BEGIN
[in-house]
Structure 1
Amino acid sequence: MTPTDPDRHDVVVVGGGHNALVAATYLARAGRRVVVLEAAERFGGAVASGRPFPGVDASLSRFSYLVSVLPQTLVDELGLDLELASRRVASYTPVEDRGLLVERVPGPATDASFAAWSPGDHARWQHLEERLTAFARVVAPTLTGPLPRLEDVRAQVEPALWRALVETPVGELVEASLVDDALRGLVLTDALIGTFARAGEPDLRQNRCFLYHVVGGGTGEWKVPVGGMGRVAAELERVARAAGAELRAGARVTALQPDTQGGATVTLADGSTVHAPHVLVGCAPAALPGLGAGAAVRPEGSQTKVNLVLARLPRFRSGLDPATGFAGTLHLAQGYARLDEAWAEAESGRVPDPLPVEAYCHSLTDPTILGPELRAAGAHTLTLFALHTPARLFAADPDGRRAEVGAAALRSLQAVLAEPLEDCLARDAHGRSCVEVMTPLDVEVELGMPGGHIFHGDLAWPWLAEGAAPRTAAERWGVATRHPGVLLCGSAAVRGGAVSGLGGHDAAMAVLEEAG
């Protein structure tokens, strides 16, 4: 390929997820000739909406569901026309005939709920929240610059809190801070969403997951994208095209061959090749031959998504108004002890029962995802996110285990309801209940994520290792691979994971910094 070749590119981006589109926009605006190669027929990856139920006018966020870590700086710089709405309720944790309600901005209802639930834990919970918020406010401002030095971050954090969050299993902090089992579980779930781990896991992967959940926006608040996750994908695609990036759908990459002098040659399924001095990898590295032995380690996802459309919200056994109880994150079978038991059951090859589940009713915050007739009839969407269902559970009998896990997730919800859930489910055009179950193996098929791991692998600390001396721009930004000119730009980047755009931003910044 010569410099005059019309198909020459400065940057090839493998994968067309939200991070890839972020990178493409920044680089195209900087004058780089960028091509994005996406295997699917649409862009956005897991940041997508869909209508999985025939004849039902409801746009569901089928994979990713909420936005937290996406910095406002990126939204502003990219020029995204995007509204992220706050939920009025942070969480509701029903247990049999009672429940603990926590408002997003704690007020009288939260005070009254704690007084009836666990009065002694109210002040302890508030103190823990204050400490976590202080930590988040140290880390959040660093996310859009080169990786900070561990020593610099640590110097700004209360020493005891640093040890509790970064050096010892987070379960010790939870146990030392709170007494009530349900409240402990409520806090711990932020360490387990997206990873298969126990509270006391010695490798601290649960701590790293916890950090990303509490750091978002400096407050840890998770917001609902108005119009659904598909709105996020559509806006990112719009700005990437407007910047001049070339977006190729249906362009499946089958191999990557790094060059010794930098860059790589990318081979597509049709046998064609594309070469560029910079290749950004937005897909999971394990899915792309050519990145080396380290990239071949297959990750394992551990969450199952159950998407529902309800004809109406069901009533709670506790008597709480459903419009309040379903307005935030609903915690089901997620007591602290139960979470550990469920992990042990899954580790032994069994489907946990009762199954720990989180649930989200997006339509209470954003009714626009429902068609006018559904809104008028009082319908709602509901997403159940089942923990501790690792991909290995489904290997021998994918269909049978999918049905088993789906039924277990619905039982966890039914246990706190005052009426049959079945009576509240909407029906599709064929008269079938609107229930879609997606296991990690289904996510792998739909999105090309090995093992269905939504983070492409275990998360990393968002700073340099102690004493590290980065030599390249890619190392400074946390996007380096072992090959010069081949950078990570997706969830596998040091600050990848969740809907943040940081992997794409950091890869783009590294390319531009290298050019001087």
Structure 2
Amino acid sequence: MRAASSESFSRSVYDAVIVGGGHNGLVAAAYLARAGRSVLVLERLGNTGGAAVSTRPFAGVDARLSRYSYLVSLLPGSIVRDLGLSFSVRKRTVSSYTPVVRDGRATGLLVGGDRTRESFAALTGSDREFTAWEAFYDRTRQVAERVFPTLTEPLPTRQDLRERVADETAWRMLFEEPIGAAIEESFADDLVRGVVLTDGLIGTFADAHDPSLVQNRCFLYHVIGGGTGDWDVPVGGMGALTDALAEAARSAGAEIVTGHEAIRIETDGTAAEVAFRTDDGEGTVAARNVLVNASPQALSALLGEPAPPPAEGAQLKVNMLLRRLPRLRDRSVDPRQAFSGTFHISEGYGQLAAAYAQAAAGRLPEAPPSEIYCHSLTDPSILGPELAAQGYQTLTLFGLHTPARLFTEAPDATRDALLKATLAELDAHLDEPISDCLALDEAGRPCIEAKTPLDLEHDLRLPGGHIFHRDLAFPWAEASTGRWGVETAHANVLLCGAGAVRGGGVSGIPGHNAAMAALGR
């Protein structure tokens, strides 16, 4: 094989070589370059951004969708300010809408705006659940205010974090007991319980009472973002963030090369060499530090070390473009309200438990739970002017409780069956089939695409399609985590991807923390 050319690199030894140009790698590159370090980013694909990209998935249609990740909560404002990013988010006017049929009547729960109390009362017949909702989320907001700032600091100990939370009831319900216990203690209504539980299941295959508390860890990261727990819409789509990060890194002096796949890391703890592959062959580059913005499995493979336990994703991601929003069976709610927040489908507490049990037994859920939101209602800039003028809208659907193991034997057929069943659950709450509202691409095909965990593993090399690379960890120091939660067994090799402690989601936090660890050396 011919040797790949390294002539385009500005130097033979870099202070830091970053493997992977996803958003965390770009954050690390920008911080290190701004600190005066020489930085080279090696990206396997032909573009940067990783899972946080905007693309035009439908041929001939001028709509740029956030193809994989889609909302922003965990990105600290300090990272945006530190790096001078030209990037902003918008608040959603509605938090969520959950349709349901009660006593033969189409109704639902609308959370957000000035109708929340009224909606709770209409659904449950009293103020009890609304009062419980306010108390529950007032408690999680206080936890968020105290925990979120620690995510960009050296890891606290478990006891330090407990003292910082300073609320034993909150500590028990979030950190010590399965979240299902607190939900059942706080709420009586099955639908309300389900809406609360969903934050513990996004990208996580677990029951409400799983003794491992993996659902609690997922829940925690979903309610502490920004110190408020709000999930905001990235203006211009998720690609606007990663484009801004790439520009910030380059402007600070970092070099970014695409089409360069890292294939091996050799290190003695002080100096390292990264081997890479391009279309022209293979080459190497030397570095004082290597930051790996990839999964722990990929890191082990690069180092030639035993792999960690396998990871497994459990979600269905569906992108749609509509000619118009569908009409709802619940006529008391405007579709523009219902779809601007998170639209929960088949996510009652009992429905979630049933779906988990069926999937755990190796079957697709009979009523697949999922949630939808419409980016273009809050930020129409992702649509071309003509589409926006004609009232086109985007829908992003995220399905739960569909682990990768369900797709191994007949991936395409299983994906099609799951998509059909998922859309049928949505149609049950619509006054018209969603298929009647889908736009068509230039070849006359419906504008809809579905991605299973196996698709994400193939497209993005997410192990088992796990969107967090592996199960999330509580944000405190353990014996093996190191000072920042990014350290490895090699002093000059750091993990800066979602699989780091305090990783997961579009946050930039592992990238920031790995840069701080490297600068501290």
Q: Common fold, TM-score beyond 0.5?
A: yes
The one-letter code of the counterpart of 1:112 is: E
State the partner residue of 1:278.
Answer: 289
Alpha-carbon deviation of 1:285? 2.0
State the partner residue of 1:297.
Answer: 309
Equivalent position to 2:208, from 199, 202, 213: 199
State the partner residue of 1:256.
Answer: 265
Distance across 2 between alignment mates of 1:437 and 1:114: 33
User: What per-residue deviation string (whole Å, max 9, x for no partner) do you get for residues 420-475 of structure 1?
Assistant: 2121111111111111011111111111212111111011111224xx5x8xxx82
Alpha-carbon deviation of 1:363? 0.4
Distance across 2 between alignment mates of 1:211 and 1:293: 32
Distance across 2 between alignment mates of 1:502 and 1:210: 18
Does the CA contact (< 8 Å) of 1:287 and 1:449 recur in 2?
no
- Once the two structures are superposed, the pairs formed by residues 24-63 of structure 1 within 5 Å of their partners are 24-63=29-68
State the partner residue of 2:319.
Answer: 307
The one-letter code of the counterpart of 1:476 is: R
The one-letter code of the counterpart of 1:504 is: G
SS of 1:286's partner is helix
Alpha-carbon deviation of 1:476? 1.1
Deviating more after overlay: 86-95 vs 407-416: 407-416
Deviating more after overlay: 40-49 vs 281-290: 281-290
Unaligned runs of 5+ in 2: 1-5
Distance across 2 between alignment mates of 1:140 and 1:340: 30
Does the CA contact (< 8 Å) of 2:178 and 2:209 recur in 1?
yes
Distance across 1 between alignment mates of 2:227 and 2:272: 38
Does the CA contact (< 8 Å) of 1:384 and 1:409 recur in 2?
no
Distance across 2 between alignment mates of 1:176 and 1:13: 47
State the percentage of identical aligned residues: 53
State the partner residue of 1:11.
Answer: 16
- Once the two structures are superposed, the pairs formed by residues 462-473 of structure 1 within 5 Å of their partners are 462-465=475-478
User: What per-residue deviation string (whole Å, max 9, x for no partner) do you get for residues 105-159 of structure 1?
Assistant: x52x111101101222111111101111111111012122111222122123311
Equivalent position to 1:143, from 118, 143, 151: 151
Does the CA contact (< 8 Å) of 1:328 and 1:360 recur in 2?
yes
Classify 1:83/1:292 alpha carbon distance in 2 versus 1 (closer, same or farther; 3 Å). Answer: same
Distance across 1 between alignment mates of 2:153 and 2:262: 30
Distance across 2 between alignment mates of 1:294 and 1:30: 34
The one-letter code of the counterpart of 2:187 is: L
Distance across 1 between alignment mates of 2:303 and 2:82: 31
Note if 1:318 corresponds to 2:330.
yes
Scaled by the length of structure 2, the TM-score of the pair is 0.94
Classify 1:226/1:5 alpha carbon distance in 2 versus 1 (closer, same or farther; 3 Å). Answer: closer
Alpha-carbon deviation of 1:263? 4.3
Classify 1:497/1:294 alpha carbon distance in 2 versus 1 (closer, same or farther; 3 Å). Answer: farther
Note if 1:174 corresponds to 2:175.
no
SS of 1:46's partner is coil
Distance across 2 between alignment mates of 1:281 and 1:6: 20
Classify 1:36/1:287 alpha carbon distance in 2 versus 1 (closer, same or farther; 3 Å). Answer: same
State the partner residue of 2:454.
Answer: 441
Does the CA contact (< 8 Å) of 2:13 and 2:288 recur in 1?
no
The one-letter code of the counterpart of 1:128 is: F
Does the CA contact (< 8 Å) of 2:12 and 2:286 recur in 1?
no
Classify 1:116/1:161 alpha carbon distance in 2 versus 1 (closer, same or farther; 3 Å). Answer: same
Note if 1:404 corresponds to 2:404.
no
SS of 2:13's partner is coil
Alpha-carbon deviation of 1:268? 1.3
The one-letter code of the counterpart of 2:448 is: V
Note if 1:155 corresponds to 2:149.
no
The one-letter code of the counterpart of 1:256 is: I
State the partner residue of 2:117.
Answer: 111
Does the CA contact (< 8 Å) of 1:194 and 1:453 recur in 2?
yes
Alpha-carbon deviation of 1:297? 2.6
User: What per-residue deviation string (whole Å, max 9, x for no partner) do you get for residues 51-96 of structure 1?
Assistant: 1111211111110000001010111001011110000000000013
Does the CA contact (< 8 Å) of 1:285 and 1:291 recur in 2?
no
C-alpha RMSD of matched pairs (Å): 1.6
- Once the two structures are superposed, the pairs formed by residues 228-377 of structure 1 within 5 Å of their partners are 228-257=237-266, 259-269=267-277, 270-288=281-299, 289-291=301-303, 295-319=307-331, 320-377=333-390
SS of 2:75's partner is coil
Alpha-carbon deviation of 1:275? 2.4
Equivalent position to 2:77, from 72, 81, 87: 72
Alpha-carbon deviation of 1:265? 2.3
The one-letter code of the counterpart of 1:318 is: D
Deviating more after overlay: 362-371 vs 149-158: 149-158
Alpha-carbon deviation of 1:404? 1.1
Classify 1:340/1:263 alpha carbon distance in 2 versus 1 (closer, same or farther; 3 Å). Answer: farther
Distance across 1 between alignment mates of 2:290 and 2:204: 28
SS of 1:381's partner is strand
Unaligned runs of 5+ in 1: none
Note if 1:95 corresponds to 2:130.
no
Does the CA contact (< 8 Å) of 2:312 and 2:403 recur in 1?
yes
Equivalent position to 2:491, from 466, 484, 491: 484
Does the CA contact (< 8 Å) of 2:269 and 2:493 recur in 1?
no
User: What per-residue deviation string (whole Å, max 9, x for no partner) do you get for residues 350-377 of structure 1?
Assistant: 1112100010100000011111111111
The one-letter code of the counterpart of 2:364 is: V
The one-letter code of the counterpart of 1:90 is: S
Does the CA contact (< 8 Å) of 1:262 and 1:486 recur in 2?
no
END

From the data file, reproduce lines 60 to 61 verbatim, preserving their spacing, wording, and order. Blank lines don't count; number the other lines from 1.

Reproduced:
Scaled by the length of structure 2, the TM-score of the pair is 0.94
Classify 1:226/1:5 alpha carbon distance in 2 versus 1 (closer, same or farther; 3 Å). Answer: closer